Sid’s TRAVEL TIPS – Part 1

The Northern Hemisphere season has kicked off and with an amazing smorgasbord of races to choose from across Europe and the USA, I thought I’d give some more tips around travel, that I’ve picked up on over the past few years of travelling the world training and racing.

As most of you may know, I live a pretty nomadic lifestyle travelling the world as I train and race. It’s pretty awesome, getting to live, train and race in some amazing places around the globe. Different cultures, and languages, so many incredible experiences and opportunities. However, travelling can also be stressful and tiresome and expensive as we have bikes and bags to transport to these amazing locations.

Last year, I visited around 13 countries, 30 different airports and caught countless flights, trains, buses, taxis and hire cars to attend various races. One of the best things about this sport is the opportunity to travel to some incredible locations and destinations to train and race, but this travel can also be one of the most stressful parts of our sport as well.

I have put together some of my top T R A V E L T I P S below to hopefully help make your next experience a little less stressful.


When travelling, get on the destination time zone as soon as you can, this helps with the adjustment. Adjust your sleeping to the destination. This can be hard to try to sleep, when you are wide awake due to the time zone of where you left. But even just closing your eyes and relaxing and trying to sleep will help. Alternatively try to stay awake as long as you can if that matches the time zone you are travelling too.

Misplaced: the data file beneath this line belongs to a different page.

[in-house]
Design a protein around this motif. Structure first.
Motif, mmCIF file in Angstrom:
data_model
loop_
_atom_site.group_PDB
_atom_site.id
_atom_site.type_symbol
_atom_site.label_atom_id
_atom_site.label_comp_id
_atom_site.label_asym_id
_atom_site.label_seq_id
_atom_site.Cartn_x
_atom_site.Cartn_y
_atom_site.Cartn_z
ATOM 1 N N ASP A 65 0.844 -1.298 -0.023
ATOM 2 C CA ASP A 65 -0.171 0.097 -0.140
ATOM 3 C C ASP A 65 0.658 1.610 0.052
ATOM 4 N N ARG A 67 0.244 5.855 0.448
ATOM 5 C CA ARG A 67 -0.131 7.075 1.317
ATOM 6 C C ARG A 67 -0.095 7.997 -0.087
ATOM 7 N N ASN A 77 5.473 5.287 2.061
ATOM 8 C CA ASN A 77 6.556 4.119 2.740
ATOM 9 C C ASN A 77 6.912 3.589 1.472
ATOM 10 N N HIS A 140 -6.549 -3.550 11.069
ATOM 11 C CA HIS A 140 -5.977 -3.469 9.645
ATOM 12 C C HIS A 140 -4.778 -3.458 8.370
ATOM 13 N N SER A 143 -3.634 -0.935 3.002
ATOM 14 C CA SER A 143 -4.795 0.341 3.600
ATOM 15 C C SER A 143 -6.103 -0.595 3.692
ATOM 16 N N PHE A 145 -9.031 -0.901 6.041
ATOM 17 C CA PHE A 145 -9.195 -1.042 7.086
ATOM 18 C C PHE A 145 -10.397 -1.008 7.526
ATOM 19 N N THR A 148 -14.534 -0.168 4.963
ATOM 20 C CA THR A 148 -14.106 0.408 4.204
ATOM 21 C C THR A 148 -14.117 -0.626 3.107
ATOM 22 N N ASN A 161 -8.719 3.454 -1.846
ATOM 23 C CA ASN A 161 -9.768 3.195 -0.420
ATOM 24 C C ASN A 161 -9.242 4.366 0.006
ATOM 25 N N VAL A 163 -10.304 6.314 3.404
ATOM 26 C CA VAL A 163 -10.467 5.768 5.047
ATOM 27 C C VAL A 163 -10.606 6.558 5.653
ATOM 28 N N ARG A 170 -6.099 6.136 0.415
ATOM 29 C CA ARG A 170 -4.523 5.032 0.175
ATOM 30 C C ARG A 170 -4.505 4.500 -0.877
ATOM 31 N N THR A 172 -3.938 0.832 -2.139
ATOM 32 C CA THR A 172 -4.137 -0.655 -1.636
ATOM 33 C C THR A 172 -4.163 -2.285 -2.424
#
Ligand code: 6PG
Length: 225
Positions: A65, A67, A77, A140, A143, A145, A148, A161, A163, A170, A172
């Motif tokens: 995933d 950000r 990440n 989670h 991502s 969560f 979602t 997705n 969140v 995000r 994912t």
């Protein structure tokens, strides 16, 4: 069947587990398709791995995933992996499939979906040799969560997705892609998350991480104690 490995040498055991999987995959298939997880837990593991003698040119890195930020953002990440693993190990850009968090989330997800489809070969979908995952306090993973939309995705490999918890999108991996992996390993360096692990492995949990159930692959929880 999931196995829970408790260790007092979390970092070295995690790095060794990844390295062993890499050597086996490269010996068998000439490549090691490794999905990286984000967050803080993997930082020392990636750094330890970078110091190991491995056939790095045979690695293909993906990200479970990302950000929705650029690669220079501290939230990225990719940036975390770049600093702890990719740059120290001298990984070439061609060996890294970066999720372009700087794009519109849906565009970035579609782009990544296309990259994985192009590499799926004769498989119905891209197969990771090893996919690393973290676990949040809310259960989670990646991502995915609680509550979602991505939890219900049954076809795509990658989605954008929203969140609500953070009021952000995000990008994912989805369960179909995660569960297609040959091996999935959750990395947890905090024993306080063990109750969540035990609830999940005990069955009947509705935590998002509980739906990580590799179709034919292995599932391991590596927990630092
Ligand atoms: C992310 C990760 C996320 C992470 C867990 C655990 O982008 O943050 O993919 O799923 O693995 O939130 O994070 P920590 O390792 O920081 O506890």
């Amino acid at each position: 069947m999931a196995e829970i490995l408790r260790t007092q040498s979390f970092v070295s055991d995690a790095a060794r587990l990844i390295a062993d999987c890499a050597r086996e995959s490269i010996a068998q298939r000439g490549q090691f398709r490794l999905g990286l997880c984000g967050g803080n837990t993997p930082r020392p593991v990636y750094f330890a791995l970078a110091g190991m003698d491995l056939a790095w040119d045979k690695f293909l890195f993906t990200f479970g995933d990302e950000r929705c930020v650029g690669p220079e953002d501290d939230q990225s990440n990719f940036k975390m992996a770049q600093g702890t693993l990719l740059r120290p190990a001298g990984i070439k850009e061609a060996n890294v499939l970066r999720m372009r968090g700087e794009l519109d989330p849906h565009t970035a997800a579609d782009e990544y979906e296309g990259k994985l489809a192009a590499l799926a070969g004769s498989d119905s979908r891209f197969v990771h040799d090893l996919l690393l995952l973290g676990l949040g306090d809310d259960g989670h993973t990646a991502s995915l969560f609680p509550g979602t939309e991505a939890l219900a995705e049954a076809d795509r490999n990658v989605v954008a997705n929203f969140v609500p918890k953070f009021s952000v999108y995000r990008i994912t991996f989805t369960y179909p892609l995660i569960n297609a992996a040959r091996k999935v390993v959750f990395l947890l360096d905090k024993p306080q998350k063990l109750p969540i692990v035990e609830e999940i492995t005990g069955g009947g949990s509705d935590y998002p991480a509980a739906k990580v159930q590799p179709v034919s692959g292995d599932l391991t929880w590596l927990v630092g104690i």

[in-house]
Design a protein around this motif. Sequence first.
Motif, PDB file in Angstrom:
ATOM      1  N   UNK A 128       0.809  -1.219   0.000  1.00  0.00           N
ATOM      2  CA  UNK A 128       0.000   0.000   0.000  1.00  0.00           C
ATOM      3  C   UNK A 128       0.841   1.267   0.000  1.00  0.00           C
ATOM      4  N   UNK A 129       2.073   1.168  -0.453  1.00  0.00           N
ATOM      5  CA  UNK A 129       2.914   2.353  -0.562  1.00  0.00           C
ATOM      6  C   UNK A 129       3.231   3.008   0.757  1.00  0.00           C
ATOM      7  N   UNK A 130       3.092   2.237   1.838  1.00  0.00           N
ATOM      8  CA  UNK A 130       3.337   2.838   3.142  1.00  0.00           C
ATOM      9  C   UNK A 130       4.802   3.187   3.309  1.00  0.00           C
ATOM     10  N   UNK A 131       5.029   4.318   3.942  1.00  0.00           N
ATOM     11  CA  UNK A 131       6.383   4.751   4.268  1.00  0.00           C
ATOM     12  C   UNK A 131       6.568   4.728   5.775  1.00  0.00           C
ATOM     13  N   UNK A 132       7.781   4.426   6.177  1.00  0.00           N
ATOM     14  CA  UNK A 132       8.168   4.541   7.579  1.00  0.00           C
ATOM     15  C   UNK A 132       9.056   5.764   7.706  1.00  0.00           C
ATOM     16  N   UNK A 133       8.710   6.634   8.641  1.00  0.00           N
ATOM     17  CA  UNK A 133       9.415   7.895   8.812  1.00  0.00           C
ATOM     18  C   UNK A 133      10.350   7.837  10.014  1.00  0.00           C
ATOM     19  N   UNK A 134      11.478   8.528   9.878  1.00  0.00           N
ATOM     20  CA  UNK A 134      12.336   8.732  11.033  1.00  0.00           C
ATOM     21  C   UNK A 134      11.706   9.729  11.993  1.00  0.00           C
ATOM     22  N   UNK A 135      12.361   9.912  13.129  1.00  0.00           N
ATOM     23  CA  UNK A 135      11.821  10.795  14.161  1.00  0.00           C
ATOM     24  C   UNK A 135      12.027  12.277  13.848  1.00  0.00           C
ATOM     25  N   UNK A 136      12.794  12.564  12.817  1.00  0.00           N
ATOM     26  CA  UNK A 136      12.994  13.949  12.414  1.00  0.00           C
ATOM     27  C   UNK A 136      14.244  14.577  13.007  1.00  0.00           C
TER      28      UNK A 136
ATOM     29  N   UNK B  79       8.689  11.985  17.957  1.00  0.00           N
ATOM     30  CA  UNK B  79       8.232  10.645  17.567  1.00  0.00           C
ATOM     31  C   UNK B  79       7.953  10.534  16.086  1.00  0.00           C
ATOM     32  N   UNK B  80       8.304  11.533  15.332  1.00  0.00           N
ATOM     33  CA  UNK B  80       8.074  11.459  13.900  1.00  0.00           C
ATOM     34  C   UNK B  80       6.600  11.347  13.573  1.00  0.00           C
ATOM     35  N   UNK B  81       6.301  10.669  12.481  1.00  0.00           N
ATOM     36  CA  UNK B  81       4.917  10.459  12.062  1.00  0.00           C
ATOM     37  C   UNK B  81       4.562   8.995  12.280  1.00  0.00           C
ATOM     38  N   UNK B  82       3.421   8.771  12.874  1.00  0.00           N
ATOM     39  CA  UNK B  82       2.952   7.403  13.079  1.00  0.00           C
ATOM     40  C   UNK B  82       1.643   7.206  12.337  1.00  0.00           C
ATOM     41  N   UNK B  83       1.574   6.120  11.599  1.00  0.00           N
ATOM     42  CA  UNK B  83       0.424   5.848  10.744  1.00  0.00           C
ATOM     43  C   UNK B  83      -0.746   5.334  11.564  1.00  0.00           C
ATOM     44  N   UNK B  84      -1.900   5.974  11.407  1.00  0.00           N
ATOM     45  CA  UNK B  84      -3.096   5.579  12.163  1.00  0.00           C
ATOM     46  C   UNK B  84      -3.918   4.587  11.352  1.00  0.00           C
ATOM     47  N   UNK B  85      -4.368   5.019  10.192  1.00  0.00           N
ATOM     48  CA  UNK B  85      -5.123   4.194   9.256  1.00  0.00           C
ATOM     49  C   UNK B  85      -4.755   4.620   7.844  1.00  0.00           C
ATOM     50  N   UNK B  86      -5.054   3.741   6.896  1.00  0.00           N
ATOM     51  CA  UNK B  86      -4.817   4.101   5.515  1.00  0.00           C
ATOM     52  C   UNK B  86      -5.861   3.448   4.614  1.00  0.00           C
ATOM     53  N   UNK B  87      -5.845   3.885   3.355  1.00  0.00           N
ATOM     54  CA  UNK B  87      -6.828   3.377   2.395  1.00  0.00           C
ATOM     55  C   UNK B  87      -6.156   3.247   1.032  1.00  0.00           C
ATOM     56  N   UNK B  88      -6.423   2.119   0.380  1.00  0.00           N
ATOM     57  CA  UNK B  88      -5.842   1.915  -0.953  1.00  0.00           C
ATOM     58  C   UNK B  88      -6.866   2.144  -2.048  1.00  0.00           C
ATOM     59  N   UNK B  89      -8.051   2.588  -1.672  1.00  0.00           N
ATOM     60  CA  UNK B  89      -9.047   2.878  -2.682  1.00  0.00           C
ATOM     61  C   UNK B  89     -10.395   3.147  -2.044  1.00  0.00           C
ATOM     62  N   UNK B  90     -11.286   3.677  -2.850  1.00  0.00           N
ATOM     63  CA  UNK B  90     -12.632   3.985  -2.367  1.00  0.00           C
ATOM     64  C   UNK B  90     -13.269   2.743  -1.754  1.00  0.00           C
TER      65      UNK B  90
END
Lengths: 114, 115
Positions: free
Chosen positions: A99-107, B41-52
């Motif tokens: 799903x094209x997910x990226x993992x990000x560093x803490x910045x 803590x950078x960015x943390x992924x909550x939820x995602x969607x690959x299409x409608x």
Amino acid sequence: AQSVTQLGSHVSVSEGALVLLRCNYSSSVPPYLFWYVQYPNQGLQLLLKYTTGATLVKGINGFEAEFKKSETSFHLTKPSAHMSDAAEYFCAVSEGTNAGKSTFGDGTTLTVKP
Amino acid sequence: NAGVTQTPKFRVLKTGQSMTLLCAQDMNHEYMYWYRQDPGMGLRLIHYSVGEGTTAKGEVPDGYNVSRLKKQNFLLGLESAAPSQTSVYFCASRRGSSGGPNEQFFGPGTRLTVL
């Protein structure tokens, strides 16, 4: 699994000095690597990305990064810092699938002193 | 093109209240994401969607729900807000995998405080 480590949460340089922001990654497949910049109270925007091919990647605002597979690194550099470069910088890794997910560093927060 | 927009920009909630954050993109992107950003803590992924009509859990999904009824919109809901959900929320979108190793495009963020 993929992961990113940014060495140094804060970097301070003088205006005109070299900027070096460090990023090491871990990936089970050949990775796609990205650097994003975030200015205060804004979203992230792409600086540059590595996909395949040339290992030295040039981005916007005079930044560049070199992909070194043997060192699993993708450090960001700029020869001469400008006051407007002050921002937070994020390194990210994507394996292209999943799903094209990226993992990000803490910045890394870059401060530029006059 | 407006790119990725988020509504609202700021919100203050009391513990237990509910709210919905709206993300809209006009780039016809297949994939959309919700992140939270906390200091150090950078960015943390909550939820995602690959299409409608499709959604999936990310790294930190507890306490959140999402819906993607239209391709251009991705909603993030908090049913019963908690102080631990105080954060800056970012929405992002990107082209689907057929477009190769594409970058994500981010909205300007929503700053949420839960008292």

It can be a good idea to travel with an eye mask to help you block out the light and perhaps a sleeping aid tablet. I also always put my headphones on, even if not listening to anything, and the noise cancelling ones are worth the investment I think.

On arrival, try to match the time straight away, don’t nap in in the day, just try to carry on and then perhaps crash out early at night and sleep through. (You could always take a sleeping tablet in case.) If you get chance on arrival, a great way to help the body clock switch time zones, is to get out for an easy, swim, bike or run. This isn’t a training session as such it’s about flushing the body of the travel and getting it moving and adjusting to the new day.


Relax, you are travelling, a lot of things when you travel are out of control, and there’s very little you can do with it. So deep breathes, count to ten and just go with the flow. A little bit like when you race, control the controllables, and just manage the unknowns.

Use the enforced sitting time to catch up on the rest and recovery you need. Sleep and just enjoy resting. Or maybe try some meditation or breathing exercises.

Also, I recommend noise cancelling headphones. It just cuts out that murmur whether you want to sleep or not. I often just put headphones on regardless of whether I’m listening to anything or watching anything. It just helps me switch off and relax.